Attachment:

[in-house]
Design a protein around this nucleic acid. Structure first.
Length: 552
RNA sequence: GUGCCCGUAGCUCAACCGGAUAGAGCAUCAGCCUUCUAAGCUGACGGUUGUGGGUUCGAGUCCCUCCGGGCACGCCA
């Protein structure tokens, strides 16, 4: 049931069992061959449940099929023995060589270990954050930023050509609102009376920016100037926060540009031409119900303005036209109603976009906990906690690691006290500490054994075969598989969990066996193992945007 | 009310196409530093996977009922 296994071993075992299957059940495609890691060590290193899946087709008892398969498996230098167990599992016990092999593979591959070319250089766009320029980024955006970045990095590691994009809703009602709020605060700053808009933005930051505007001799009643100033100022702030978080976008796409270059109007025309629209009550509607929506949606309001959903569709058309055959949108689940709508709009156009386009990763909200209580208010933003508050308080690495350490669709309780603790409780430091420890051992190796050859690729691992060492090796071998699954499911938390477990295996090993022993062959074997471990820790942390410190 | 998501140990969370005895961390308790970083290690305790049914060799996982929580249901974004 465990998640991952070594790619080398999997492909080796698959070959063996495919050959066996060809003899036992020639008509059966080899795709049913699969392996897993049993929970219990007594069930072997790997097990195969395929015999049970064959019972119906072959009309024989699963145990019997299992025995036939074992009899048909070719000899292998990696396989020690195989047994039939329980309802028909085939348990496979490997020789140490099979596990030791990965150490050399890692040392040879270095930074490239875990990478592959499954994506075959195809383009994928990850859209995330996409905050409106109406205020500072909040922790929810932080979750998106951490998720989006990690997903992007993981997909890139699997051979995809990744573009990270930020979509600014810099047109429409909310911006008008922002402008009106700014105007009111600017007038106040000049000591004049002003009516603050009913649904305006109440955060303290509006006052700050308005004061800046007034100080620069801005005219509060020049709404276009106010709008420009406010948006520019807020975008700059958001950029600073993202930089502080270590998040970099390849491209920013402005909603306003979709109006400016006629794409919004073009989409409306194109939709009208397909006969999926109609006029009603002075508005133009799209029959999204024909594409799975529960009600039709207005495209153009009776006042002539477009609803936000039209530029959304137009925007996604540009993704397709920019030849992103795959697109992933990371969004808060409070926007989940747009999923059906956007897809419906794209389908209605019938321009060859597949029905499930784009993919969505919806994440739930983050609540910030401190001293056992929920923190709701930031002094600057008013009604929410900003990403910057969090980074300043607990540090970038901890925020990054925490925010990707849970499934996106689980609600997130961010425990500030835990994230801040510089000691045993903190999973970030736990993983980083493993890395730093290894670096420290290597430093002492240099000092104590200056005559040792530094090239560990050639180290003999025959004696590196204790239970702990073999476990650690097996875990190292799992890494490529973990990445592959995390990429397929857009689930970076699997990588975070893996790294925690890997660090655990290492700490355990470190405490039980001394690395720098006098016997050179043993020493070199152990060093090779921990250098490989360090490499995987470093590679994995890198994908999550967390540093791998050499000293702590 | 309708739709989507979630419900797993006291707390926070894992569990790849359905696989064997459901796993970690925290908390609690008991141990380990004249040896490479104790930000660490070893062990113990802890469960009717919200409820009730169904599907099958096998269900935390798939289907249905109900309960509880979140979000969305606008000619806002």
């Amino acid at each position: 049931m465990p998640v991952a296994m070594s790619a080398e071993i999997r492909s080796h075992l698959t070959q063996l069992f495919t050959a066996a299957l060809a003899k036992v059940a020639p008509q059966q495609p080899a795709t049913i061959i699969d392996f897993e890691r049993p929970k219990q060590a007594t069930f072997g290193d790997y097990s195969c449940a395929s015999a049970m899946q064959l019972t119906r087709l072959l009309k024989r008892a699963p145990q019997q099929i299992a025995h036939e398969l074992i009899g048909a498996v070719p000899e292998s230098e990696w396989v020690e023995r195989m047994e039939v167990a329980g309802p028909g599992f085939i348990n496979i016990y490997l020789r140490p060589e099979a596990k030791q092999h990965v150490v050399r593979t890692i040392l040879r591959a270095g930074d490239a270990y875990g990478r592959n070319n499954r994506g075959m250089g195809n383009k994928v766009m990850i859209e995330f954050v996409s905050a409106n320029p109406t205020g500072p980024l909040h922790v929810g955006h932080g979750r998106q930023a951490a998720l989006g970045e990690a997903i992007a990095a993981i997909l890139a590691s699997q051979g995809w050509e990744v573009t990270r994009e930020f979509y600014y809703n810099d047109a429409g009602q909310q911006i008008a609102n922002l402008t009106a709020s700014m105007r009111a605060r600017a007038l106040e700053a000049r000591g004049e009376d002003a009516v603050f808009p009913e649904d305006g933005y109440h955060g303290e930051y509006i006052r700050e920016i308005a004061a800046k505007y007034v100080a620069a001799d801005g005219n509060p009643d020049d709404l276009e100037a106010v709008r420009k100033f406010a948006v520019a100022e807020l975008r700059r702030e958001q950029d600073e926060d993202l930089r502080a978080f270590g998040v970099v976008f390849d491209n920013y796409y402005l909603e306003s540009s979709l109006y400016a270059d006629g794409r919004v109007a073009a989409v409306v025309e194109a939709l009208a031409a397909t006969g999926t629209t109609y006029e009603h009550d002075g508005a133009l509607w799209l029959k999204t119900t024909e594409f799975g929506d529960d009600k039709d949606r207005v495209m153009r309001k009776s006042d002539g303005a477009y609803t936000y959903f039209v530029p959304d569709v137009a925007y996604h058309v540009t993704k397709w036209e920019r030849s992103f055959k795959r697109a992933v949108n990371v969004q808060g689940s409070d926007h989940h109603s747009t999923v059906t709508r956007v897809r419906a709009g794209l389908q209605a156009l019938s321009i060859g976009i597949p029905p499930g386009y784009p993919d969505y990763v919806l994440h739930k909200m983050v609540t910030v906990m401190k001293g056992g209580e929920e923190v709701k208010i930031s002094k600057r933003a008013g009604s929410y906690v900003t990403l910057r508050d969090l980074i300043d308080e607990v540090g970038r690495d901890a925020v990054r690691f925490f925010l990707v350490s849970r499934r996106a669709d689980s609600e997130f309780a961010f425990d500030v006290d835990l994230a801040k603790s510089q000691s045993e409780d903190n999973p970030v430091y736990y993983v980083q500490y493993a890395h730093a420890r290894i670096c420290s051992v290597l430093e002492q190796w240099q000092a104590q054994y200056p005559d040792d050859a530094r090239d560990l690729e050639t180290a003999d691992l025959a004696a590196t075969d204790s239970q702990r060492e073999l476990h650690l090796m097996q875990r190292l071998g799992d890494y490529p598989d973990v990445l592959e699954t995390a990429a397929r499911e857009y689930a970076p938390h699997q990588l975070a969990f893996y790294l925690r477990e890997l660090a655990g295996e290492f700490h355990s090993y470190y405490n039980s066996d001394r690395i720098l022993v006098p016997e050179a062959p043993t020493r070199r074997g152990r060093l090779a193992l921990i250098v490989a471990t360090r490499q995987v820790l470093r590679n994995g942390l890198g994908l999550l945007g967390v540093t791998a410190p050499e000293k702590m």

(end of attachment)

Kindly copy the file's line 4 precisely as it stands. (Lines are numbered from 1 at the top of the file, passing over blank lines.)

RNA sequence: GUGCCCGUAGCUCAACCGGAUAGAGCAUCAGCCUUCUAAGCUGACGGUUGUGGGUUCGAGUCCCUCCGGGCACGCCA